Saturday, January 21, 2012

Wrong, totally!!!

I was completely wrong about when the class starts...this Monday, not two weeks later.

And I'm befuddled about how to use this blogspot. My attempts to write this vanished twice when I tried to add photographs. Try again. It's always try again. With most everything.

Ten years go, I had a poem published by 24th Street Irregular Press in San Fransisco...a tiny book that the publisher left in various places, hopefully to be found. Mine was  #107th that he'd published. I liked the idea of something that was both discoverable and throw-away-able.

I'd been making fold books, usually hand sewn pages, but sometimes folded from one page. I'd mail them to friends, and for a while sold them at Printed Matter in NY... but after reading both the Zoe Strauss explanation of her 10-year project and Sally Stein's essay, I thought about doing a class project that would involve a gorilla exhibit... something like that...

and also about what I will do as a project along with the class. I've done that for the Workshop since I retired...usually I make books that involve more complex binding, but probably I'll make signed editions of 100 single-page fold-books if I can get friends in L.A., New York and Tucson to help me leave them around in odd places. I spent the afternoon making three mock-ups, two in color...

 A coffin that one of the Pharohs was buried in, Museum of Fine Arts.
 Chart in the specialist's office.

These (glazed) figures were so wonderful to make, lunky and cranky, but hard as hell to glaze. I finally gave up and just used a wash of zinc or something like that on them so they look more primitive and bone-like, but these creatures took so long and I never could figure out what use to put them to, so I gave up.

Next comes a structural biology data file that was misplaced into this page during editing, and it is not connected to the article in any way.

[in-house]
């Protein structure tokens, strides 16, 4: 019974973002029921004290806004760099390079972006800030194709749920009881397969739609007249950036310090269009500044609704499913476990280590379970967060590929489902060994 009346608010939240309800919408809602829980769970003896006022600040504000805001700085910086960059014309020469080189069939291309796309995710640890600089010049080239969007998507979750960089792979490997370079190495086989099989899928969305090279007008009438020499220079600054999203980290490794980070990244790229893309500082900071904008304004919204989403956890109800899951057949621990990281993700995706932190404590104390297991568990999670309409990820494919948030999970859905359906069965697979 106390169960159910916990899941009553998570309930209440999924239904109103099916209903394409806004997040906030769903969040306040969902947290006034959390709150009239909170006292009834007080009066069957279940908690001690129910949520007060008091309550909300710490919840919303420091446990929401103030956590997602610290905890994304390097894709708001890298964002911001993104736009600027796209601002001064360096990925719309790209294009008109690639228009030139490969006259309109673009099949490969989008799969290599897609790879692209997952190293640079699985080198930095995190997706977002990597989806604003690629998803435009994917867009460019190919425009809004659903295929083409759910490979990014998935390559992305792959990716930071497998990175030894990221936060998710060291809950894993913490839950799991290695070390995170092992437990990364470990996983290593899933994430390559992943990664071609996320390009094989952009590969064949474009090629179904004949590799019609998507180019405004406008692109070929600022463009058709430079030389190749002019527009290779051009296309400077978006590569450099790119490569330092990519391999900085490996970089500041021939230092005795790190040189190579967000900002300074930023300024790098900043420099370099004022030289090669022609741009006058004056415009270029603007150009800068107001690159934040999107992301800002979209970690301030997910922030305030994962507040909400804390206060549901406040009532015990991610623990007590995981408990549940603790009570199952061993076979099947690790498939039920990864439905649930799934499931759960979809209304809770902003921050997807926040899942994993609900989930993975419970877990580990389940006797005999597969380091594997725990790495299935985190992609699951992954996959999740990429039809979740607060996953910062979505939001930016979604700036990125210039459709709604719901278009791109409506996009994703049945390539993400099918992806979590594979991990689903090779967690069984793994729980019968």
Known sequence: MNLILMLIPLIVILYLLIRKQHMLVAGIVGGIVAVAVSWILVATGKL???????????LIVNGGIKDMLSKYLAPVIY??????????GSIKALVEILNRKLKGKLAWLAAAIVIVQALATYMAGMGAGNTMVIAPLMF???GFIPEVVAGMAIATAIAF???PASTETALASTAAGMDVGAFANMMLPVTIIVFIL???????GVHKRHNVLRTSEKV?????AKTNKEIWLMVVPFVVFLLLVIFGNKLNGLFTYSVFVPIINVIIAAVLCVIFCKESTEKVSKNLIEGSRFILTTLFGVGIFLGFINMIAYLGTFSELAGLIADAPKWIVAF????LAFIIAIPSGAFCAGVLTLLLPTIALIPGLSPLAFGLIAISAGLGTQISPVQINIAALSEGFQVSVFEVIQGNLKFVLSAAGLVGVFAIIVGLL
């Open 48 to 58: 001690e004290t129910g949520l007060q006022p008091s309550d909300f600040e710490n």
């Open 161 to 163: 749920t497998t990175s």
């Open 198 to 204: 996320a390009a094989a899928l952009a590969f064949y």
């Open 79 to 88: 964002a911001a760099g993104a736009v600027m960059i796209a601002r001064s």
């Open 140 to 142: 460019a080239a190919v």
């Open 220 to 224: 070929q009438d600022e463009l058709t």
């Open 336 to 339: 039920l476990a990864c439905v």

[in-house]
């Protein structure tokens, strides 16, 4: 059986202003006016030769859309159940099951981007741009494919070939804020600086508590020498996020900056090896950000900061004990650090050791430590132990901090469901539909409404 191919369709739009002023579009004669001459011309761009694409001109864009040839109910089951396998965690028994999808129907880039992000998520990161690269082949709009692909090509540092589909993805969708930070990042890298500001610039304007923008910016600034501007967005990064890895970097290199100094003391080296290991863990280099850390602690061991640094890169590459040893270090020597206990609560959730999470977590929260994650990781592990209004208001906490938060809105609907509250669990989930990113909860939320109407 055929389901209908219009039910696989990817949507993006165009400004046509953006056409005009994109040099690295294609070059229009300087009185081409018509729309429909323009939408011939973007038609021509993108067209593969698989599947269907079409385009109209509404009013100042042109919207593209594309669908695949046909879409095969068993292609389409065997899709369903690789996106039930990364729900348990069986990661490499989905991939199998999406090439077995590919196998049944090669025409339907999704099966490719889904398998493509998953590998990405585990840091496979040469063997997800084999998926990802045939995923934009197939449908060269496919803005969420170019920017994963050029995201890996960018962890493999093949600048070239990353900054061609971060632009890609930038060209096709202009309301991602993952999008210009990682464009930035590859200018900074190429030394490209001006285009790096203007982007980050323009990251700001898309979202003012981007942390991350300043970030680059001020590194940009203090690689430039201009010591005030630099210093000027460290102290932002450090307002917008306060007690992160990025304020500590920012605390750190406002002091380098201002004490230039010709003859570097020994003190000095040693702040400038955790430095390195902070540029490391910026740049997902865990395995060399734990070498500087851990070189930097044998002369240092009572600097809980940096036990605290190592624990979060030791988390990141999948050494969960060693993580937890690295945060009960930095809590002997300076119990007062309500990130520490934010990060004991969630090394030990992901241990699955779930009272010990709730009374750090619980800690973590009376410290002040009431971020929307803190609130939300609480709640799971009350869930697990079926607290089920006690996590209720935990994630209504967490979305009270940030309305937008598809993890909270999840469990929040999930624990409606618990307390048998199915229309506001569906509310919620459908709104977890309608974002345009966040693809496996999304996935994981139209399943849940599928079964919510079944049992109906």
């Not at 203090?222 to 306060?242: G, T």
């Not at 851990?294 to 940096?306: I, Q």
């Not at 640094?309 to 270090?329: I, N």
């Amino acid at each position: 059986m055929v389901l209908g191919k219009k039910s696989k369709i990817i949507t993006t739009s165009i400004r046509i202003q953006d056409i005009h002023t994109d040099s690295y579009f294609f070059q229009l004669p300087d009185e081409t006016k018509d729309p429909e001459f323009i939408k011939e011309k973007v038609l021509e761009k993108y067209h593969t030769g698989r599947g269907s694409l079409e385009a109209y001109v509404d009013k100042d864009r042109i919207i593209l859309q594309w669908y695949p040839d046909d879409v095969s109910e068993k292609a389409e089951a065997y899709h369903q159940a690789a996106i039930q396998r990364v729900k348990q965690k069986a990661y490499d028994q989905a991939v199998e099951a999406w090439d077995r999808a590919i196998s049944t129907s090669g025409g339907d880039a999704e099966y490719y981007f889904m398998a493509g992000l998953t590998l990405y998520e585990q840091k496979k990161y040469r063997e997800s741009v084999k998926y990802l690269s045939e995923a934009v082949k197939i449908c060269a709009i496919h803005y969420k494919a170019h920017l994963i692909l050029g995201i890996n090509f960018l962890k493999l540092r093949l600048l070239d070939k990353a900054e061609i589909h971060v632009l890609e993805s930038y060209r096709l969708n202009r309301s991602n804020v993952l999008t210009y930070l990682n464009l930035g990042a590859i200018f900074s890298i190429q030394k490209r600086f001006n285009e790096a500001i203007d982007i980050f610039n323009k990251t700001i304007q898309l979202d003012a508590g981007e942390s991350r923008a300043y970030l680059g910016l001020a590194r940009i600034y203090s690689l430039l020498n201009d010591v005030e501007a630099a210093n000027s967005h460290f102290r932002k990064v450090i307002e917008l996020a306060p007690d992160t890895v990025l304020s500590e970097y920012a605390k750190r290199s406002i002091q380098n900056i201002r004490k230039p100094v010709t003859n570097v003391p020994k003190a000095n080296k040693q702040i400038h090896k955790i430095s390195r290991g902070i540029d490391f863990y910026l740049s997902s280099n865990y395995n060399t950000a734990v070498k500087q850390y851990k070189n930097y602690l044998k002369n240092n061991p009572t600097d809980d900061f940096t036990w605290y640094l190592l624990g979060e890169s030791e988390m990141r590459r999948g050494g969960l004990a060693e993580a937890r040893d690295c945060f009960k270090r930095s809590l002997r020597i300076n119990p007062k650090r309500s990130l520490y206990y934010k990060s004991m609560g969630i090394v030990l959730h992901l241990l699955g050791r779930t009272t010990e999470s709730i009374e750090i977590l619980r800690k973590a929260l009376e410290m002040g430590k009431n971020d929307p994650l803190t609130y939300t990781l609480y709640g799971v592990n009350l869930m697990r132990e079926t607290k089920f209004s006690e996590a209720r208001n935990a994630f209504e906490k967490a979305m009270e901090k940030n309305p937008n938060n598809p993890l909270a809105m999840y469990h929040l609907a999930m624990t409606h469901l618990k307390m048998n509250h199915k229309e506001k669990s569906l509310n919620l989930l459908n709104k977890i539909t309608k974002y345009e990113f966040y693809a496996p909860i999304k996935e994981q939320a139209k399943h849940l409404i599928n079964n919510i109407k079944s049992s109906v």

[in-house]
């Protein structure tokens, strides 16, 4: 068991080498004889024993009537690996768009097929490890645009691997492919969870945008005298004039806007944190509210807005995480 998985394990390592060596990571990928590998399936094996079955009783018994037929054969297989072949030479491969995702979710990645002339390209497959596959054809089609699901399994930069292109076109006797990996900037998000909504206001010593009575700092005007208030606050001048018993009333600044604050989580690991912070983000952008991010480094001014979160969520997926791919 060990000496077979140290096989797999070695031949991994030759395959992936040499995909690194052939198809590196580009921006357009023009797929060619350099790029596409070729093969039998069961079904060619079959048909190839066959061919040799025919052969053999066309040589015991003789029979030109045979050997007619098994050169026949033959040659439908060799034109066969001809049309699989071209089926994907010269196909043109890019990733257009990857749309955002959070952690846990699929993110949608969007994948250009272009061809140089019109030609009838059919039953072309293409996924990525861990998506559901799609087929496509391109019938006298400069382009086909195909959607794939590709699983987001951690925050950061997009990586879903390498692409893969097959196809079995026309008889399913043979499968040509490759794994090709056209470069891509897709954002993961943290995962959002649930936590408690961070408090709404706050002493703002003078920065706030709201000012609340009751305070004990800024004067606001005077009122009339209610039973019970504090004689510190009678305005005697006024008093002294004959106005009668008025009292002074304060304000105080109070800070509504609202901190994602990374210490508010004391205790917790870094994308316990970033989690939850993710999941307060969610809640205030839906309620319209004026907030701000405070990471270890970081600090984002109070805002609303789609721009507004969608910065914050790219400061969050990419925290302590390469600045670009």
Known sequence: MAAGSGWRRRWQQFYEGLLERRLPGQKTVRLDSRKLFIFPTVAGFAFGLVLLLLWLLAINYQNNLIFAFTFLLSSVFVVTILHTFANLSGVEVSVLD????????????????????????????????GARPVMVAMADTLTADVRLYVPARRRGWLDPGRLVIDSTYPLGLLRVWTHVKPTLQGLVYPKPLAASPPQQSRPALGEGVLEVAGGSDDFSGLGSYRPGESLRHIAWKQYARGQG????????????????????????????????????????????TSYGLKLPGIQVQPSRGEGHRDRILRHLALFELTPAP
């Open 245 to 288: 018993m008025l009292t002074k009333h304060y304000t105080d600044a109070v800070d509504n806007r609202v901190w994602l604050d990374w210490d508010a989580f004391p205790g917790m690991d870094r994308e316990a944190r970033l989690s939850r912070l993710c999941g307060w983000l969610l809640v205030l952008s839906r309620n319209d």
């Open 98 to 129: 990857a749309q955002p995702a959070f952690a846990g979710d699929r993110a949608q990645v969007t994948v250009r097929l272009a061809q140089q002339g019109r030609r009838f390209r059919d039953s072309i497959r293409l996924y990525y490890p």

For several years I photographed the outsides of buildings that were being renovated and covered with drapes of plastic. But to put that into an homage would have taken a lot of effort and been too far outside of my usual mode of working. However, on one of my first outings after I'd been sick and in the hospital, I was surprised to find myself so fascinated by a row of winterized boats that I was out of the car and photographing without thinking about the effort. Digital is so easy, it takes so little effort to take the image even if you'll never use it. Black and white film is a much greater commitment.
There's nothing to do with graffiti, but it's so fabulous to look at ... on the wall under the railroad bridge where I walk the dogs. Usually, it's just color, but this one piece had significance.

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